Greeley Water

Robert Couse-Baker / Flickr-Creative Commons

As Colorado plans for a future with more people and less water, some in the world of water are turning to the problem of lawns.

In the 2014 legislative session, state senator Ellen Roberts (R-Durango) introduced a bill [.pdf] that would limit lawns in new developments if they took water from farms.  Although the bill was changed dramatically before it passed, that proposal opened up a statewide conservation about how water from agriculture and the Western Slope is used – particularly when it is growing Front Range grass.

Robert S. Donovan / Creative Commons

Plentiful mountain snowpack means little to no mandatory watering restrictions across Northern Colorado and Denver for the 2014 summer.

Nathan Heffel / KUNC

Despite September’s historic rains and flooding in Northern Colorado the restoration work continues in the watersheds heavily damaged by 2012’s High Park Fire.

Thirsty Cities Drain Colorado Farm Land

Apr 4, 2013
Farmer Kent Peppler
Luke Runyon / KUNC and Harvest Public Media

Farmers throughout the Great Plains are preparing for what could be a tough growing season. They’re in a tight spot with irrigation water, due to the region’s persistent drought.

During a visit to the Greeley Bellvue Water Treatment Plant, Colorado Democratic Senator Michael Bennet urged the US House of Representatives to fund $120 million for Emergency Watershed Protection.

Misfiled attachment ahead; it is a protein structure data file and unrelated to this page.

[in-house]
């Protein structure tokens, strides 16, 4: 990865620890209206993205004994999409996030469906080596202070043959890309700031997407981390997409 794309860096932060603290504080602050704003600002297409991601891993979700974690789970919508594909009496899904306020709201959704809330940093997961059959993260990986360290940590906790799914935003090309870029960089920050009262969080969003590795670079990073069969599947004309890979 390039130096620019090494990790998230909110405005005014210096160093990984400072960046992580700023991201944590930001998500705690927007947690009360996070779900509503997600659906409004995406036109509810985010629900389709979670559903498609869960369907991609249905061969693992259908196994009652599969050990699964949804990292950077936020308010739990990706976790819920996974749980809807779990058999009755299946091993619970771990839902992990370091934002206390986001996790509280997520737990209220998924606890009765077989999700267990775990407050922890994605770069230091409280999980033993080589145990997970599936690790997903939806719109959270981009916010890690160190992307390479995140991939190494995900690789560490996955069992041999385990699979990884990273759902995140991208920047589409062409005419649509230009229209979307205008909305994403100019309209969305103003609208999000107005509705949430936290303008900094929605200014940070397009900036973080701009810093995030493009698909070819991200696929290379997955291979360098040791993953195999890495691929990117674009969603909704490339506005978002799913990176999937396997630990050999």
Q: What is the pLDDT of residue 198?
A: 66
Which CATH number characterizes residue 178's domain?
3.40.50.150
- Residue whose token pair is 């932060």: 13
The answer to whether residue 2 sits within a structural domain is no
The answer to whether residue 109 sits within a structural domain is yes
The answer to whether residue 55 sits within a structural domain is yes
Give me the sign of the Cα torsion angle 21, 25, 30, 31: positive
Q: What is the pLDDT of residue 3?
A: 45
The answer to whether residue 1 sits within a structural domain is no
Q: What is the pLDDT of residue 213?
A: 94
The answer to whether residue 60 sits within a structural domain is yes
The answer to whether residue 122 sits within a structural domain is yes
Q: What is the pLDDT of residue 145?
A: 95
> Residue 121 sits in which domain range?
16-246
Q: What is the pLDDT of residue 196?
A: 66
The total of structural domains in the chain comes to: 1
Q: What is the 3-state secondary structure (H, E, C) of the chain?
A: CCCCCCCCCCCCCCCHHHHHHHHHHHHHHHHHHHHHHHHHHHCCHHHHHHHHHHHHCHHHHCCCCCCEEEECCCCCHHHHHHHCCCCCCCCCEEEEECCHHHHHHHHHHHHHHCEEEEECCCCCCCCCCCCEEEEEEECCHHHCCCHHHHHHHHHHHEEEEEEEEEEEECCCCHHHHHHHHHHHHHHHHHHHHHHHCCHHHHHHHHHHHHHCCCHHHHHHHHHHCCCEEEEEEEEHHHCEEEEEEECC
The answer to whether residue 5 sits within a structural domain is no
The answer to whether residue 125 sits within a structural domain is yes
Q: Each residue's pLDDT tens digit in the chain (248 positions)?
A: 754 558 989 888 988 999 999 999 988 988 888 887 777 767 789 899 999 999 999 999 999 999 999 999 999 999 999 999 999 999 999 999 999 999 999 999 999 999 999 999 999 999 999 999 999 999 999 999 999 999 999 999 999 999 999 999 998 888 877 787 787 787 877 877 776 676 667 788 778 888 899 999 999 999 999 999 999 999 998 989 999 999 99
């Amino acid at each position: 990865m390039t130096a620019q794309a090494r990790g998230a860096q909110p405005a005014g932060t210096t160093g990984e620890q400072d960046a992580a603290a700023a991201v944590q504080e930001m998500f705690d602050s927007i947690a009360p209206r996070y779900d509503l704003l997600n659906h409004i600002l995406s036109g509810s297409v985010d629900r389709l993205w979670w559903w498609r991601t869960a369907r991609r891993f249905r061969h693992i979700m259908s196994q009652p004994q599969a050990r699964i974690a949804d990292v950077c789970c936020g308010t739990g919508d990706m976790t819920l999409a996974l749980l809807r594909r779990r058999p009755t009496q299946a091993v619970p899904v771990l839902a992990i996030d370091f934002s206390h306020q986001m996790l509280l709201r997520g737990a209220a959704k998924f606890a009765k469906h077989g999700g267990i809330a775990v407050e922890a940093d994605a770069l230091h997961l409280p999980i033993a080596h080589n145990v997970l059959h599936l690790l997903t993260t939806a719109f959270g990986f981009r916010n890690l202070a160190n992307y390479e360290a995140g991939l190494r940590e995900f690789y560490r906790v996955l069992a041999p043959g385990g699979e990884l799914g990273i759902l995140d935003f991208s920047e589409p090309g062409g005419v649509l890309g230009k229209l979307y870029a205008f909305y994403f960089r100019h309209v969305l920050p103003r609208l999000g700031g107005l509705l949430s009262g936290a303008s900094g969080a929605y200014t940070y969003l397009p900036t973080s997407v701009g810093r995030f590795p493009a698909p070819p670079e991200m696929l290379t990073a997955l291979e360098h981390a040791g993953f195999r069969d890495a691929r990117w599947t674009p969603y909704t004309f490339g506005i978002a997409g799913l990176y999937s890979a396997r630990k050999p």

Brad Holt / CreativeCommons/Flickr

When you think about Thanksgiving, you might envision a turkey dinner, or spending time with your family. However, do you ever think about water conservation?

Muhammad Mahdi Karim / Wikimedia Commons

Following a summer of wildfires and drought, Greeley city officials asked homeowners to voluntarily stop watering their lawns Oct. 1, two weeks earlier than normal, to conserve water for next year. In just two weeks, residents saved roughly 96 million gallons of water, or enough to supply 640 homes for a year.

Andrew pmk / Wikimedia Commons

The City of Greeley is asking water customers to voluntarily stop watering their lawns by Oct. 1. That’s two weeks before the typical recommendation to stop regular lawn watering.

USDA-Creative Commons

It’s been ten years since the Hayman fire, and Denver water officials are still dealing with the fire’s impact to its water supply. In Northern Colorado, water managers are just beginning to assess the damage to their complex system of reservoirs and holding ponds following this summer’s wildfires.